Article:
Does an executor need to disclose how money is being spent?


My mother had a stroke, but is very cognitive and alert , she is in rehab. My brother has taken over as executor to pay bills. As one of 8 siblings I have asked several times how the bills are being paid. I have asked for detail info since I knew exactly what was in her accounts. I have been told that I do not need to know, or how the money is being spent. Is this correct? Don’t we have the right to know how bills are being paid , what is in the accounts. I was having my mother sign her own checks which is capable of doing and now I have no idea if that is even happening since he asked for the checkbook. My are my rights as one of 8 children.


Your brother cannot be functioning as an executor because your mother is still alive. The executor (or personal representative) has no authority until after her death. It is your mother’s decision on who among her children should help her until such time as she is incompetent and you state that at this time she is cognitive and alert. You may take your concerns to her. If she wishes to make a change, she can. She should execute a durable power of attorney (for financial) and a health care proxy (for medical) and pick which child is to act in what capacity. Until a durable power of attorney has been executed, no one child has the authority to make those decisions for your mother. If your mother has another stroke which incapacitates her and she has not executed those documents, the family will have to go to court to petition for a guardianship and a conservatorship. If your mother requests the information from your brother and he refuses to comply, you may have to get elder services involved if you suspect abuse.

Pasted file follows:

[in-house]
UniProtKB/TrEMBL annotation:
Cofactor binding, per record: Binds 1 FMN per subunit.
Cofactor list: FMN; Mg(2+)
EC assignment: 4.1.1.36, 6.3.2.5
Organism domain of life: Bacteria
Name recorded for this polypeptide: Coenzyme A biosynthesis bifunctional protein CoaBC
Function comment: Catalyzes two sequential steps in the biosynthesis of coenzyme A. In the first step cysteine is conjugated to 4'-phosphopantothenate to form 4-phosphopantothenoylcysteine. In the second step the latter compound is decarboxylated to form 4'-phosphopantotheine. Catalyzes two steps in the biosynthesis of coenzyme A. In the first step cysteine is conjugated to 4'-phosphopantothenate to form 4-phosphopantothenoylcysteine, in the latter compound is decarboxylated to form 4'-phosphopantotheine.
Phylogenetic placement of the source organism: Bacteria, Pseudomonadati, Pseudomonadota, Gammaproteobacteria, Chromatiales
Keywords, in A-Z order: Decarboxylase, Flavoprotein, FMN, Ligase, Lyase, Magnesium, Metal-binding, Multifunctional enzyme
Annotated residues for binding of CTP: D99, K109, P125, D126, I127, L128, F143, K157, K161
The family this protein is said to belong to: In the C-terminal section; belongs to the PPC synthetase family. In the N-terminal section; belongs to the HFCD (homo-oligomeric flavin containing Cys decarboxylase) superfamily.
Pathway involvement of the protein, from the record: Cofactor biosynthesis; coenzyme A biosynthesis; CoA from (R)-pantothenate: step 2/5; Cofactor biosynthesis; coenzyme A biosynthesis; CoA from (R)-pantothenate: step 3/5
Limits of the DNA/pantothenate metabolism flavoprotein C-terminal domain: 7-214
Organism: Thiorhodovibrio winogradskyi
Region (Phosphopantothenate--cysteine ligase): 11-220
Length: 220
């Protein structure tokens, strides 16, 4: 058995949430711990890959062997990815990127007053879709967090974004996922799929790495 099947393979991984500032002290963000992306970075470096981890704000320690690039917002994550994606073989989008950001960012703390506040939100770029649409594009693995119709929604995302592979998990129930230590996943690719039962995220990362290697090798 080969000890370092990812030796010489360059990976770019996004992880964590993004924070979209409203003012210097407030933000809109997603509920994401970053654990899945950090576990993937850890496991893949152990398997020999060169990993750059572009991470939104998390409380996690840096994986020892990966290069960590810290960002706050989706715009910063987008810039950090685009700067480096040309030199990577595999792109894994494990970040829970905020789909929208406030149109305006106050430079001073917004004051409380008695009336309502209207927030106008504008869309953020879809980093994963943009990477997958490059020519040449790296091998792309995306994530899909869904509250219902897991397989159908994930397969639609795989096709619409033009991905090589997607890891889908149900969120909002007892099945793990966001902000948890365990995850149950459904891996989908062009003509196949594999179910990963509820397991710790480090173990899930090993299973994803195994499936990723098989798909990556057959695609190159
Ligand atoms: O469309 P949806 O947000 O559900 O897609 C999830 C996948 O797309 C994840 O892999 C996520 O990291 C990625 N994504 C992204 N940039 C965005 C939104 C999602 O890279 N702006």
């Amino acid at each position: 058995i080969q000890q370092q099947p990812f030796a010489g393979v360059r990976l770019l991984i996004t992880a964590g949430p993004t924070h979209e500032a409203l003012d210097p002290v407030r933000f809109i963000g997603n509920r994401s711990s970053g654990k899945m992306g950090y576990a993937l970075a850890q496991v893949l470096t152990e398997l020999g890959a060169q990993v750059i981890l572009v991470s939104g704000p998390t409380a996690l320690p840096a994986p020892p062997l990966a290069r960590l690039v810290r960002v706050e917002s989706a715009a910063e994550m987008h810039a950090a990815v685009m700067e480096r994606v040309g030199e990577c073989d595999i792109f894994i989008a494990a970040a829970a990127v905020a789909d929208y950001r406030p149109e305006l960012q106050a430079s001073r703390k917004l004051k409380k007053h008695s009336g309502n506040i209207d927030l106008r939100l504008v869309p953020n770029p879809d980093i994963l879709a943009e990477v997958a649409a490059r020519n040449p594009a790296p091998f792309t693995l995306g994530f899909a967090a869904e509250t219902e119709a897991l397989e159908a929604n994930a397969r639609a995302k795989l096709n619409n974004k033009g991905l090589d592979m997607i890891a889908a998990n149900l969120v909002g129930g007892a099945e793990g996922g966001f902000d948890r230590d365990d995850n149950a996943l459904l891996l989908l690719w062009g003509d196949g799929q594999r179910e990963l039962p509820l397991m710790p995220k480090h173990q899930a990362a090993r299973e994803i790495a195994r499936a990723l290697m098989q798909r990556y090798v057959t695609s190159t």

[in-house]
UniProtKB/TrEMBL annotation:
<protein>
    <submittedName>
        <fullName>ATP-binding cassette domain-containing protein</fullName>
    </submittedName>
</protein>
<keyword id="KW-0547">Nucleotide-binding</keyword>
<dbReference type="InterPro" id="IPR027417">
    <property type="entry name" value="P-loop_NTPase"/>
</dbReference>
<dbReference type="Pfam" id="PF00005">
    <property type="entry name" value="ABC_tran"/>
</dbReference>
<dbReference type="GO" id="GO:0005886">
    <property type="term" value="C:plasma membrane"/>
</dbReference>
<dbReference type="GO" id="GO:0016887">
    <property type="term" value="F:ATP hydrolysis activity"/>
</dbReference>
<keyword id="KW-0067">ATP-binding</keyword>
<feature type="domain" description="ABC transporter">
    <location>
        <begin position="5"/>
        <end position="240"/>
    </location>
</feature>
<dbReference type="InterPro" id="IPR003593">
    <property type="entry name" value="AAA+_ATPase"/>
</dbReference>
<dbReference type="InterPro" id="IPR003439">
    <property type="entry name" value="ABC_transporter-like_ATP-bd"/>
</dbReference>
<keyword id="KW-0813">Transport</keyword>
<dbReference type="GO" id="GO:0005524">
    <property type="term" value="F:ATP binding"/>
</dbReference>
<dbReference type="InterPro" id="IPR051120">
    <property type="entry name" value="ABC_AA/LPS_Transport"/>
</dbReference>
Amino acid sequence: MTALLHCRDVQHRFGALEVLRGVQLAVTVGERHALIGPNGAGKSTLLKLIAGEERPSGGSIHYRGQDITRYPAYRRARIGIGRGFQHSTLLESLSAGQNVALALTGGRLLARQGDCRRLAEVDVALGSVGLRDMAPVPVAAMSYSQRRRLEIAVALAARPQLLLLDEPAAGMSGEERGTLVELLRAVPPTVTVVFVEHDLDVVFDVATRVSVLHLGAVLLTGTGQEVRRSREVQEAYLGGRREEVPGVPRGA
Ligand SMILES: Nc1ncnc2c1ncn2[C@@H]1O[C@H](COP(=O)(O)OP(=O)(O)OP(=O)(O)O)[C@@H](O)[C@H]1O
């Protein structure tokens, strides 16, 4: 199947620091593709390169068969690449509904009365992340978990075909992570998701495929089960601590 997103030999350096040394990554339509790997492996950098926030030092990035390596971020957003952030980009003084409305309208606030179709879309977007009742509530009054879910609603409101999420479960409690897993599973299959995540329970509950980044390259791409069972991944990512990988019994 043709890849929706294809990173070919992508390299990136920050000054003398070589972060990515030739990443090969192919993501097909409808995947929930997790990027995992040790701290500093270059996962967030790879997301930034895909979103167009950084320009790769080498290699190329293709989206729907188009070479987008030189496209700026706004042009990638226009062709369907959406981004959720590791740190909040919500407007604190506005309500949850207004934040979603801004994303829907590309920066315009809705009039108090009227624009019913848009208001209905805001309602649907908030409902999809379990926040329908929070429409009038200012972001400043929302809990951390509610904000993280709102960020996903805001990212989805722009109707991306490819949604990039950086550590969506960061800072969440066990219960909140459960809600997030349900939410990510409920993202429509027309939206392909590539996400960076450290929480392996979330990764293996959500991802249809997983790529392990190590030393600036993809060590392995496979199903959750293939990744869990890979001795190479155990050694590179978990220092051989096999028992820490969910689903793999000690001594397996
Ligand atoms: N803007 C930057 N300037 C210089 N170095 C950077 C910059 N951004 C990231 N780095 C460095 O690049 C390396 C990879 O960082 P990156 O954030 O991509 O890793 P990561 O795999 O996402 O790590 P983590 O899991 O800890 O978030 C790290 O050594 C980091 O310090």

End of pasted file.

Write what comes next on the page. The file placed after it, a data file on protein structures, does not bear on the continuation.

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Legal Disclaimer: Please note that this answer does not constitute legal advice, and should not be relied on since each situation is fact specific, and it is impossible to evaluate a legal problem without a comprehensive consultation and review of all the facts and documents at issue. This answer does not create an attorney-client relationship. A lawyer experienced in the subject area and licensed to practice in the jurisdiction should be consulted for legal advice.

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The elder law attorneys at the Beliveau Law Group provide legal services for estate and asset protection planning. The law firm has offices and attorneys in Naples, Florida; Waltham, Massachusetts; and Salem, New Hampshire.

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